‘Show-off,’ said Alexandra crossly, and he grinned again, like a schoolboy.
‘One of my very few talents,’ he explained with mock humility. ‘Look, here they all are, back again.’
They stood quietly while the birds finished their crumbs and then flew away. ‘A lovely morning,’ observed the doctor.
“Heavenly — the mist makes everything look like fairyland … ‘
‘A cobweb morning — that’s what it’s called in these parts — did you know that?’
And a first kiss. One of Betty’s most masterful scenes: the loveliness of the day, the bird-feeding, a moment to be savoured, in nature and with each other, out of the day’s hurly-burly, a communion. A hero and heroine who take time and care to feed the birds, to care for a spinster aunt, and collect a menagerie for the sheer pleasure of caring for animals, wild and domesticated.
Later, Betty contrasts Alexandra’s care for Sambo with Penny’s peevish flinging. Flinging! I had a really hard time with this cavalier kitten-treatment. But here is our Alexandra:
Alexandra made no effort to move because of disturbing Sambo; she sat doing nothing in the softly lighted room, watching the dim outlines of the trees against the moonlit sky. The curtains were never pulled; she could see clearly into the garden — the deer were there as they usually were and it was all very peaceful … she dozed off … and should really go to bed. She lifted the kitten gently on to the old shawl he liked for his bed and went to the window to look out. The doctor was outside, sitting hunched up in a sheepskin jacket, his bag at his feet, packages piled neatly beside him. He smiled at her through the glass …
Alexandra remains motionless for fear of disturbing the kitten, watches the deer, transports Sambo to his bed, and finds a magical moment (it’s also Christmas Day!) with the man she’s in love with. Again, like the cobweb morning, an idyllic, Edenic moment of harmony and connection. Contrast this with our villainess and her barbaric kitten-lobbing.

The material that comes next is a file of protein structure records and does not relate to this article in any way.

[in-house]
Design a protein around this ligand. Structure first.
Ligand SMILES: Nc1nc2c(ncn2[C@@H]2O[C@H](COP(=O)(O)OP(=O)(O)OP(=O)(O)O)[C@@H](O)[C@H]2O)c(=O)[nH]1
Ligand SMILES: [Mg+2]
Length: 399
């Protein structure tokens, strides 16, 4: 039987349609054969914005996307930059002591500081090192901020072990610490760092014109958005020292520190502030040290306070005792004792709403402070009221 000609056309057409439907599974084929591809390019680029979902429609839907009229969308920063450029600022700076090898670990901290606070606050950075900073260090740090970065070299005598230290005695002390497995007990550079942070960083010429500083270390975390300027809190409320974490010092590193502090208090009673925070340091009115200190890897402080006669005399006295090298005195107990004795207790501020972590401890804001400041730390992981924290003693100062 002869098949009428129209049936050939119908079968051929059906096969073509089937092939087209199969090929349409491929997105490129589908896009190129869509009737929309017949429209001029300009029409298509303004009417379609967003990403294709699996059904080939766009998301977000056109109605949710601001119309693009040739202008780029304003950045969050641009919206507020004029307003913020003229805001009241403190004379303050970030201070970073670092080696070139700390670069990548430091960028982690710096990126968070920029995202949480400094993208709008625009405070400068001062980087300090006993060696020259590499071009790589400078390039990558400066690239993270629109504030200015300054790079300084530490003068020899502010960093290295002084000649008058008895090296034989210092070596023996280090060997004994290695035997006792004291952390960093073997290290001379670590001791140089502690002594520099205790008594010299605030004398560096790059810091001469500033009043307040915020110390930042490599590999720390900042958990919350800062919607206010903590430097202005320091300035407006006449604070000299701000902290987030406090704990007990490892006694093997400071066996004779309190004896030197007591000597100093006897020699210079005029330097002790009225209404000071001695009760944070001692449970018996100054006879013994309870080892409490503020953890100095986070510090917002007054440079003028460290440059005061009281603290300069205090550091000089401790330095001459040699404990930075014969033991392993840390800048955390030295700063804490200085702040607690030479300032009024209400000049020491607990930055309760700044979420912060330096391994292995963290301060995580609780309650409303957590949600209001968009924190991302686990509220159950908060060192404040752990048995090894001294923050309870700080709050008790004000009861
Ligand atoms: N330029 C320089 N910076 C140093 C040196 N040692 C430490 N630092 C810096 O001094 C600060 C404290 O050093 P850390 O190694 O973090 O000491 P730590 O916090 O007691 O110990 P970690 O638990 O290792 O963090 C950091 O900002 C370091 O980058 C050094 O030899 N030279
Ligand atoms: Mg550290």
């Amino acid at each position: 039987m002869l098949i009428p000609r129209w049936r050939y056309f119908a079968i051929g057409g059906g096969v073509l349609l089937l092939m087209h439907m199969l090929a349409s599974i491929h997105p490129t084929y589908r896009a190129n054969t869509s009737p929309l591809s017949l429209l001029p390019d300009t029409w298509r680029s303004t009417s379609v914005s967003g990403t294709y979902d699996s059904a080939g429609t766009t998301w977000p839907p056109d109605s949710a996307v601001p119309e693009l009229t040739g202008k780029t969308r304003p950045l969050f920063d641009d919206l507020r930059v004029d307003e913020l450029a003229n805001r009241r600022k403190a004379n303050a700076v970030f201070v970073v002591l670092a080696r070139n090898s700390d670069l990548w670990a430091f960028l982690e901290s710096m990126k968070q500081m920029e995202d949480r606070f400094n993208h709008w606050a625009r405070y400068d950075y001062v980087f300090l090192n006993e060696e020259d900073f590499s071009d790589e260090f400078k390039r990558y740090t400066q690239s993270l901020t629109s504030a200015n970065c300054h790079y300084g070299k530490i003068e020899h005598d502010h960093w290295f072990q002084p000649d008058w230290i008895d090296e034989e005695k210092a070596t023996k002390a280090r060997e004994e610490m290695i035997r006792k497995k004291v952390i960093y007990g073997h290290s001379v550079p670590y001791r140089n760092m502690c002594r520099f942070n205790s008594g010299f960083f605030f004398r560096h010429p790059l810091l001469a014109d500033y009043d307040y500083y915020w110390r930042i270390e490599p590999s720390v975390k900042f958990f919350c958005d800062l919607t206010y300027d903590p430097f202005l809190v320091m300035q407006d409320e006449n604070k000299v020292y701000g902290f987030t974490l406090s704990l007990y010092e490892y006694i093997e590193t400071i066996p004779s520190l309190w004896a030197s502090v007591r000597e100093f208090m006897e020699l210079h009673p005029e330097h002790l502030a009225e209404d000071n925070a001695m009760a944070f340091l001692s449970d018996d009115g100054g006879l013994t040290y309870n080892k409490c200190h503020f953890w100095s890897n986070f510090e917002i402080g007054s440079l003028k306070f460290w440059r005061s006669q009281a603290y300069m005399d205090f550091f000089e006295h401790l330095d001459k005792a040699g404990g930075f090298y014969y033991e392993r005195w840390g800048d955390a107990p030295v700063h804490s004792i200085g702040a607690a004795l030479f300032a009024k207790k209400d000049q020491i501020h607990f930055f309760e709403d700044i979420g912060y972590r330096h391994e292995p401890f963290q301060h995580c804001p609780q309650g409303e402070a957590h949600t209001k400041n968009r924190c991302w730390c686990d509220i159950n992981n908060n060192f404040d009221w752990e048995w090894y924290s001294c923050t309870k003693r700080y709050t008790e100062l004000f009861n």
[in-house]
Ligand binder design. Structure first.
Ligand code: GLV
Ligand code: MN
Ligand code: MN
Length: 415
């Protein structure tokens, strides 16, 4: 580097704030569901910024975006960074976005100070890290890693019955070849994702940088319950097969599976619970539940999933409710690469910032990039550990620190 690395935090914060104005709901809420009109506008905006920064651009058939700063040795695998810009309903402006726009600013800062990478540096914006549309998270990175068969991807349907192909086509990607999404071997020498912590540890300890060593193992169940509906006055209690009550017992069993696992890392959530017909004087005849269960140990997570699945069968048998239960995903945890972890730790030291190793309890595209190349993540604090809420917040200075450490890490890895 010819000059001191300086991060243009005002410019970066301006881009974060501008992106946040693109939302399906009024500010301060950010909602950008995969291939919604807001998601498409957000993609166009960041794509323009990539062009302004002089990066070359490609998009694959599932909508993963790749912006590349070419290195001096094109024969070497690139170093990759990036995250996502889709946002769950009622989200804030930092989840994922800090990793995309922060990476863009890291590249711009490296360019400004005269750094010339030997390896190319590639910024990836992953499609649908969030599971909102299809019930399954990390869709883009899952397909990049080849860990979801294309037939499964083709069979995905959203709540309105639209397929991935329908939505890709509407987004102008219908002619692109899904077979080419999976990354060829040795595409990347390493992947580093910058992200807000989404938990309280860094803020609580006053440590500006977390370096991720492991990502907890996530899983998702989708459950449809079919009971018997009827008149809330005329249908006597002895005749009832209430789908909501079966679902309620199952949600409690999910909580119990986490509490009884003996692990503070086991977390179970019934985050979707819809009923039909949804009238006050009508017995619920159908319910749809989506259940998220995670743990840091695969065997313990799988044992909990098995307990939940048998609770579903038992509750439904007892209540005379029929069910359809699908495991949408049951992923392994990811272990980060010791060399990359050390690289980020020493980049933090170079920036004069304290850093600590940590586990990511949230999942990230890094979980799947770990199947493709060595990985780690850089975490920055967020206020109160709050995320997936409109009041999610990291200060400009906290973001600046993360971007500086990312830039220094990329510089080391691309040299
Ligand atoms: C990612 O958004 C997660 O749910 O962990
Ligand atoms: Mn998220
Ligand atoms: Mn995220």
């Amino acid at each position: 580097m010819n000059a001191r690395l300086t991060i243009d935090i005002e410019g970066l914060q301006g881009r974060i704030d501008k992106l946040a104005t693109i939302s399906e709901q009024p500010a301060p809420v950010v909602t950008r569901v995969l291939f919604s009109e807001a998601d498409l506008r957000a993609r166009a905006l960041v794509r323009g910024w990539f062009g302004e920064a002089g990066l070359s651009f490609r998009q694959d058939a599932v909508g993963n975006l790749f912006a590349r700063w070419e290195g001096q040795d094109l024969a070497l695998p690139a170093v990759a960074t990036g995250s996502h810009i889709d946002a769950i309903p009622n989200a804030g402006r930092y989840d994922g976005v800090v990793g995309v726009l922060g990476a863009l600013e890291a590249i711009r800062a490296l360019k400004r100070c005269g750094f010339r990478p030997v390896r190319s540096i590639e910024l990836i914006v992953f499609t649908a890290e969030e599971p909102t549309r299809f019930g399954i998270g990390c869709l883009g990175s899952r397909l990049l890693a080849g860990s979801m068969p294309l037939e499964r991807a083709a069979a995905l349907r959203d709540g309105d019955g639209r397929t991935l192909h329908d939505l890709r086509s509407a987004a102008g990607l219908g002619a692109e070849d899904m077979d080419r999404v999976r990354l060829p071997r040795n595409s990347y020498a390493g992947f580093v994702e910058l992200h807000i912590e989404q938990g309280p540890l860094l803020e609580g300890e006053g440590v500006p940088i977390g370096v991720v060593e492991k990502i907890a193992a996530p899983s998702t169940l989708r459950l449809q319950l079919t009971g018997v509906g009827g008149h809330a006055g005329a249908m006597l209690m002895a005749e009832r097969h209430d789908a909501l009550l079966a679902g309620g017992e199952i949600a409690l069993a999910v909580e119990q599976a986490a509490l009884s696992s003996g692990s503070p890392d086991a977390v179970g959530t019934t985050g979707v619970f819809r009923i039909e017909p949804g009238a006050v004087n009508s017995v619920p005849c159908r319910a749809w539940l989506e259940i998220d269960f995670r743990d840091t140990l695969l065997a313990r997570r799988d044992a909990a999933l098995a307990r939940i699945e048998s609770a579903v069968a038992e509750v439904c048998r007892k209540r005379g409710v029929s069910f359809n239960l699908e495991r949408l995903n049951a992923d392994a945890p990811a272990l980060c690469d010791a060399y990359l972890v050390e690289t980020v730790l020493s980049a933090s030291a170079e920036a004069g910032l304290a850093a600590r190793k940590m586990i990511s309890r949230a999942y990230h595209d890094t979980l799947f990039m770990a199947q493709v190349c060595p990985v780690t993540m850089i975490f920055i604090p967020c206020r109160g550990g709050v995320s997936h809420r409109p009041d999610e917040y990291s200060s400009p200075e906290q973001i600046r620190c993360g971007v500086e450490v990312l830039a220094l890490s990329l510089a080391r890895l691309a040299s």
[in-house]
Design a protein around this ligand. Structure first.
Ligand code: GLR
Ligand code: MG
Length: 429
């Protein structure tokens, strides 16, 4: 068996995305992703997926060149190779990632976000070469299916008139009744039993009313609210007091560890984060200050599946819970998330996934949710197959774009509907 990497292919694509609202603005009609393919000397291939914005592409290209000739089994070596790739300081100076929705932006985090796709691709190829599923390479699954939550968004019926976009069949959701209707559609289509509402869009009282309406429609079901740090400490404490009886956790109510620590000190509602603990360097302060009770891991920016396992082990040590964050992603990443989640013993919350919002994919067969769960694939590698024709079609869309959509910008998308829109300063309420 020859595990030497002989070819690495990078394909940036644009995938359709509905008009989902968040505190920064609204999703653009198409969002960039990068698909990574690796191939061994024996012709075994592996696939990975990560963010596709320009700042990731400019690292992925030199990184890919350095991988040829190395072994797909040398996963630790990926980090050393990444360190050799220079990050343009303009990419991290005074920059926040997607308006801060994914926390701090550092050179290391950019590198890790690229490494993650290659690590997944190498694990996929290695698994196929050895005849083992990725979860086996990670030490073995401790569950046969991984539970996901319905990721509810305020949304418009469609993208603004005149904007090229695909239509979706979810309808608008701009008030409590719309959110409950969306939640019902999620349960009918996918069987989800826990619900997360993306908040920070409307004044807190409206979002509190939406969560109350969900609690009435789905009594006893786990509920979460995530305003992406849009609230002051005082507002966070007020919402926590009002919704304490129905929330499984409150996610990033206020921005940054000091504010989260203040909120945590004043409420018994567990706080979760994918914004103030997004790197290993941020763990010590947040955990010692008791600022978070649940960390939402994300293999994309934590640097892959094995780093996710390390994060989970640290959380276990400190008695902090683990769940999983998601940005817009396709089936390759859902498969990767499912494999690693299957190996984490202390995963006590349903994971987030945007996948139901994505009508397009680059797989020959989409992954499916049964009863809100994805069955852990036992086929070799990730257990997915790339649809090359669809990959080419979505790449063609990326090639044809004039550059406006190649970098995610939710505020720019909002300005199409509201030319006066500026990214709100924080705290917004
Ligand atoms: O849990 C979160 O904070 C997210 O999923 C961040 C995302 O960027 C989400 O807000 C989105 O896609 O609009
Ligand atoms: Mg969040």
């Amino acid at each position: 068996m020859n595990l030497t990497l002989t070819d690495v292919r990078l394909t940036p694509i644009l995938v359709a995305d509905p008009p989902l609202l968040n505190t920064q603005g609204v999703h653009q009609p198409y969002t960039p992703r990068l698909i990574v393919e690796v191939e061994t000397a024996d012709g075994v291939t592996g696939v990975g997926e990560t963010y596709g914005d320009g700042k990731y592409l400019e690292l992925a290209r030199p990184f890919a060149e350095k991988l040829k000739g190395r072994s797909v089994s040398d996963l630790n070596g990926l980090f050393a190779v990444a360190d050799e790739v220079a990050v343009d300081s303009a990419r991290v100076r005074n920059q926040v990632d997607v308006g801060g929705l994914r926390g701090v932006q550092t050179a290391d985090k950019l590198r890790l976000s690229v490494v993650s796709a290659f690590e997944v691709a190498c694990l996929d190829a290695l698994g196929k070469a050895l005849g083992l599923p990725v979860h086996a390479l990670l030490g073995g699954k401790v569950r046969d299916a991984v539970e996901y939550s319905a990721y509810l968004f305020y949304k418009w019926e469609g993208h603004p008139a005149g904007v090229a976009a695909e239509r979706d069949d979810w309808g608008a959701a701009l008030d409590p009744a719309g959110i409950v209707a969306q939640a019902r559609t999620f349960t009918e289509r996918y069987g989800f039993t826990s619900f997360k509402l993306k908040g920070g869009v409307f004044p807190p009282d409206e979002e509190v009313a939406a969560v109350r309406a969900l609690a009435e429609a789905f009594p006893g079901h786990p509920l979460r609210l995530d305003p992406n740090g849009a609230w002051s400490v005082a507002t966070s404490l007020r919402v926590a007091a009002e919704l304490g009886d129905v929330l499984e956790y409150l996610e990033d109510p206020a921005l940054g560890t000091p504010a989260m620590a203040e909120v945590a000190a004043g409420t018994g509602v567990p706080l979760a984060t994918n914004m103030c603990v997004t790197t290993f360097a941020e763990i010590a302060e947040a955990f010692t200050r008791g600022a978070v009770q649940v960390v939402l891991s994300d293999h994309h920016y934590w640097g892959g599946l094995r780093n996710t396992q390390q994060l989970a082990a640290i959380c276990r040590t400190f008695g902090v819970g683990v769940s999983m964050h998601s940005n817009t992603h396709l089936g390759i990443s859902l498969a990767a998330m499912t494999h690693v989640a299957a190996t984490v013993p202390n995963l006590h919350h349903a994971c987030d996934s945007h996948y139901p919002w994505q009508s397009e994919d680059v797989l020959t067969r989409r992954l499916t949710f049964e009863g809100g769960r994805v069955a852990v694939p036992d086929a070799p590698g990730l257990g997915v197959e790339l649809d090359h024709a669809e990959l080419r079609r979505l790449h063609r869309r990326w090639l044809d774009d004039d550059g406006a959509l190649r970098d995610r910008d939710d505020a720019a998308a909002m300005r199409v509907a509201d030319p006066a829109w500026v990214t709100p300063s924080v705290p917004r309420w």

Penny’s behaviour goes off the rails. She tries to throw Alexandra off the road by grabbing at her steering wheel, but Alexandra saves the day and Penny is out of favour with Taro. Penny vows revenge and is soon on her way with doggie-and-kitty hostages and a soon-to-be attempt at drowning them. She’s taken Taro’s dog, Butch, and the cats, Kiki and Nibbles. Alexandra rescues Butch, Kiki, and Nibbles from dangerous waters; she and Taro (who comes to her rescue) get Butch, Kiki, and Nibbles safely home, none the worse for wear. Penny is sent packing for the final time, fake-amnesiac that she is, and Taro and Alexandra work out their HEA.
Penny is a vibrantly villainous character. Taro is beautifully obtuse in the way of Neels heroes. Alexandra is alternately snippy with Taro and loving and gentle with everyone else. What matters, however, to the building of the hero and heroine’s wonderful life together is the coming together of two people who hold every life as precious, from the tiniest stray kitten to the wild of the forest to the testiest, grouchiest elderly curmudgeon. I think this is why Neels’s romances are such a comfort and still enjoyed by so many: it isn’t just an HEA for two individuals, it’s an HEA for two people who do good in the world and are good. They are more than the sum of their HEA, bringing to the romance what Pamela Regis (in The Natural History of the Romance Novel) defined as the social function of the hero and heroine’s marriage and subsequent family (the baby-filled epilogue, which I adore), the hope of a society renewed and made better by their inclusion.